This is what’s taking place on the average team: Sally is a strong contributor, but she doesn’t give her “A” game because Ted drives her crazy. Ted is average, and he refuses to give his “great” effort until John quits taking all the credit. John’s pretty good at what he does, but he refuses to “raise the bar” until… you guessed, Sally brings her “A” game.
This affair of “conditional effort” is a HUGE “elephant in the office” (and frankly marriages, as well).
Are you “all in” or not? It’s safe to say that most people live and lead with “conditional effort”. These are people who withhold their best ideas and the discretionary effort. They focus on what they are not getting from their colleagues and the company for which they work. And they often have a “people never change’ mentality.
“Conditional effort” people have, well, conditioned themselves to a ho-hum life. And isn’t it ironic: They commit to giving the conditional effort to protect themselves from being hurt, but in the end, it’s their commitment to mediocrity that limits them.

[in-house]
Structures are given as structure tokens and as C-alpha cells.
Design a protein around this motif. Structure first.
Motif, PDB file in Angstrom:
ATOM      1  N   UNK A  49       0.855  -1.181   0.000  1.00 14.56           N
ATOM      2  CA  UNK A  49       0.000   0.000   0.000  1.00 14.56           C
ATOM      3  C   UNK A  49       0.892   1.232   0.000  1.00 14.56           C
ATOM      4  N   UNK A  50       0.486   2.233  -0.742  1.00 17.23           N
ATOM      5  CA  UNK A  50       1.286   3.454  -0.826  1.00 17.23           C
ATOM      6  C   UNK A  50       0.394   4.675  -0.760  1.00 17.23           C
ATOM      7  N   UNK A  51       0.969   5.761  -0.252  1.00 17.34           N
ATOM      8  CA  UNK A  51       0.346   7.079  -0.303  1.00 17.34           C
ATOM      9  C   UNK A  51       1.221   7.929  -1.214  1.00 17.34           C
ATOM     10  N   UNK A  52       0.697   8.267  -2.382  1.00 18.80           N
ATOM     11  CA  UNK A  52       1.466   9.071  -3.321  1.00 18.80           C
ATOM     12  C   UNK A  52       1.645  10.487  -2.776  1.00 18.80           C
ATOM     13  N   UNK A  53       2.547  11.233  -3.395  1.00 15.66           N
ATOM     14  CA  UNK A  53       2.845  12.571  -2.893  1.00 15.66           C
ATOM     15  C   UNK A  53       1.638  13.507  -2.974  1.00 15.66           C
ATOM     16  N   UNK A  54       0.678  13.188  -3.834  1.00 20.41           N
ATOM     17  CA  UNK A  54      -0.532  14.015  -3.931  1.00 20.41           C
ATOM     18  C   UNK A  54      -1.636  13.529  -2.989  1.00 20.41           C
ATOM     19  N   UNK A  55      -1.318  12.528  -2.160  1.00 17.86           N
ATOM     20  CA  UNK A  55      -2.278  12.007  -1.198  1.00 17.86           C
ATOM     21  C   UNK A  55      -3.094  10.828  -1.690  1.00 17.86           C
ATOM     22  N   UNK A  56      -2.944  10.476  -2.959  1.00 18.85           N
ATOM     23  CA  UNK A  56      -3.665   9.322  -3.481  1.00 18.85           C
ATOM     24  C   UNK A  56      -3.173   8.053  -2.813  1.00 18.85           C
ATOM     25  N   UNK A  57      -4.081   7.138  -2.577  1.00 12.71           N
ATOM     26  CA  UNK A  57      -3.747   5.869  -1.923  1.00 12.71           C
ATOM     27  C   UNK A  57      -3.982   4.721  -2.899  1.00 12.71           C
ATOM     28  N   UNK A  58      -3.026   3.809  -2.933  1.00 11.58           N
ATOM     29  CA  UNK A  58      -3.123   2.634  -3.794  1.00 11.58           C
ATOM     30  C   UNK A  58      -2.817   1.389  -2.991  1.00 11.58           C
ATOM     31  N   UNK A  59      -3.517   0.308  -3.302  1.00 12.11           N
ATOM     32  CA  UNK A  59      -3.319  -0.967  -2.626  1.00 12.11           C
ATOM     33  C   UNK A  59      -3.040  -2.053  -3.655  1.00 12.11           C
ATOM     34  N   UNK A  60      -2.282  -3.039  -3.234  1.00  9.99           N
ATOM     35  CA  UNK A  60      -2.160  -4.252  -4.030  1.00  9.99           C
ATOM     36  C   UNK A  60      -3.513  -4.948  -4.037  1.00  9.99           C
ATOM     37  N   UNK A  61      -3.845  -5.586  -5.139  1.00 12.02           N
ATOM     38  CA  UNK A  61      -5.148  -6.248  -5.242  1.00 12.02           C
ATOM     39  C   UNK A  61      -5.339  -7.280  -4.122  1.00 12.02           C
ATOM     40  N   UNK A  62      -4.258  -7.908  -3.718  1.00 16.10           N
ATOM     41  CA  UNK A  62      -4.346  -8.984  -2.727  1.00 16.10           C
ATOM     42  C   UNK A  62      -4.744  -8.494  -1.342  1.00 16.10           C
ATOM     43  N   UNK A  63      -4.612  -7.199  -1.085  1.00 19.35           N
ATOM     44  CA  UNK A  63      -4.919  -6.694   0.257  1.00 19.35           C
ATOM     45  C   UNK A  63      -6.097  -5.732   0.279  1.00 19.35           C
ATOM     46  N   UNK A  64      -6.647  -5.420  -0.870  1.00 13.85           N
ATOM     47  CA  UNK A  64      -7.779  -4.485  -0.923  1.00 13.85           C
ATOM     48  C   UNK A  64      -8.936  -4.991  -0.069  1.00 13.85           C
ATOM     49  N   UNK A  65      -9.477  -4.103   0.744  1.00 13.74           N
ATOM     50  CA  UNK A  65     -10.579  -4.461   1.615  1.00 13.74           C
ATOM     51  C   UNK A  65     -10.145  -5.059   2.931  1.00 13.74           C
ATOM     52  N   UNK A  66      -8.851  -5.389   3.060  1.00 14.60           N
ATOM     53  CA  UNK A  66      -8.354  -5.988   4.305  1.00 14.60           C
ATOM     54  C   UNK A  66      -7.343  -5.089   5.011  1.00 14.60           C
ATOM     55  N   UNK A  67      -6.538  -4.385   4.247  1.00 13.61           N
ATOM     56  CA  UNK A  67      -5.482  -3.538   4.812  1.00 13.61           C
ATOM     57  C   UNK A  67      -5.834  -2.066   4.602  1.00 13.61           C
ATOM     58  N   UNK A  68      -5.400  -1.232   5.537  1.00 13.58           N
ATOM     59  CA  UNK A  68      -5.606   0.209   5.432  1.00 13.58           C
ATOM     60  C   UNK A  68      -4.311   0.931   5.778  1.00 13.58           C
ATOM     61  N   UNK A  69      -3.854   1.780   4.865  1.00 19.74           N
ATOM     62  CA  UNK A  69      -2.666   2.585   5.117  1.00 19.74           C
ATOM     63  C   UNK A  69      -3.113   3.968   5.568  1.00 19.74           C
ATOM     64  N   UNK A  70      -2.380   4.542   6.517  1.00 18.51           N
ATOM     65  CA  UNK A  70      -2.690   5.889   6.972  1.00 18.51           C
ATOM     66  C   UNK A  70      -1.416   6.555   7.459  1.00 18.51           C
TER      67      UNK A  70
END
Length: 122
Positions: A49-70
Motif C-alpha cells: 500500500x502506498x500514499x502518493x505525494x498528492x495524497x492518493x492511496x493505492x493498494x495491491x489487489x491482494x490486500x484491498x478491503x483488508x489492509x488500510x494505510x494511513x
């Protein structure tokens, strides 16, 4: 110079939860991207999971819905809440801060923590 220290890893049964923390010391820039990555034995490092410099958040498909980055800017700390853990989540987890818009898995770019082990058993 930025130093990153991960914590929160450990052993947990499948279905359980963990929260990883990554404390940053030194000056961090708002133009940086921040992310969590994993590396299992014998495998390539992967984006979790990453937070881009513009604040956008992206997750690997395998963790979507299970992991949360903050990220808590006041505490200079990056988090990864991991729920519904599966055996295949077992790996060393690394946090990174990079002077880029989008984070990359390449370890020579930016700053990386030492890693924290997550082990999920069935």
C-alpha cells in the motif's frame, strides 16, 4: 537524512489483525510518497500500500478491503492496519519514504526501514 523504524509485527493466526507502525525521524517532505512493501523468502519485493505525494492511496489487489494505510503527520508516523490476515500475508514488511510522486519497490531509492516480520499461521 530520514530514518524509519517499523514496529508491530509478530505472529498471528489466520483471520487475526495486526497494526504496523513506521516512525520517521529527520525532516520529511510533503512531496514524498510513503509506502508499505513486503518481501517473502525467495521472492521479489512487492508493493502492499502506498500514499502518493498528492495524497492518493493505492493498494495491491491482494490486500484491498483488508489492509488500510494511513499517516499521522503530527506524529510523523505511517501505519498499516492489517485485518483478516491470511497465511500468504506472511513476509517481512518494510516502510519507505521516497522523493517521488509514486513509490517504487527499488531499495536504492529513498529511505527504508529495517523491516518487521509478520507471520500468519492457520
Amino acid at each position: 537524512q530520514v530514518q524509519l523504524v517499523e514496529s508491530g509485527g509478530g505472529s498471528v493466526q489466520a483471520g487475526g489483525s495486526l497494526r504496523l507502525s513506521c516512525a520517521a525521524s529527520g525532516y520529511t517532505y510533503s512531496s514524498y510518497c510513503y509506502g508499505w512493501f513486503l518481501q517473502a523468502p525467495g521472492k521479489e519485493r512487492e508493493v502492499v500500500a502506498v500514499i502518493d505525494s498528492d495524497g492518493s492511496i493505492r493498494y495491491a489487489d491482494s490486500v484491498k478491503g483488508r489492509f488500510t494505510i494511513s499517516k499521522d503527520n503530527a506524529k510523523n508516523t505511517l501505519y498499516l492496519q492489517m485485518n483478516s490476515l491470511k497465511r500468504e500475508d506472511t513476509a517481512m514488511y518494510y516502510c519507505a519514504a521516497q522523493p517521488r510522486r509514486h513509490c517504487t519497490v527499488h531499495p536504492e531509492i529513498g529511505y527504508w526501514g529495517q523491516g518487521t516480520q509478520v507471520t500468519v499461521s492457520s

Unconditional leaders know that it’s their decision to experience the exhilarating feeling of living and leading full-on. “The reward for giving the unconditional effort is as rewarding as my paycheck, if not more so,” shares a friend, Tim. “It’s also the only way I can ensure that every day is a great day – because I determine my effort.”
It’s trite, but true. One person can make a tremendous change. On the team above, the moment Sally or Ted or John change their conditioned approach – is the moment the team delivers a breakthrough.
Who do you work with that has affected your effort? Change that now.
“Conditional effort” thinkers believe life is like a game of chess. But it’s not: Because in leadership, it’s always our move.
Where will you lead – where will you stomp elephants – today?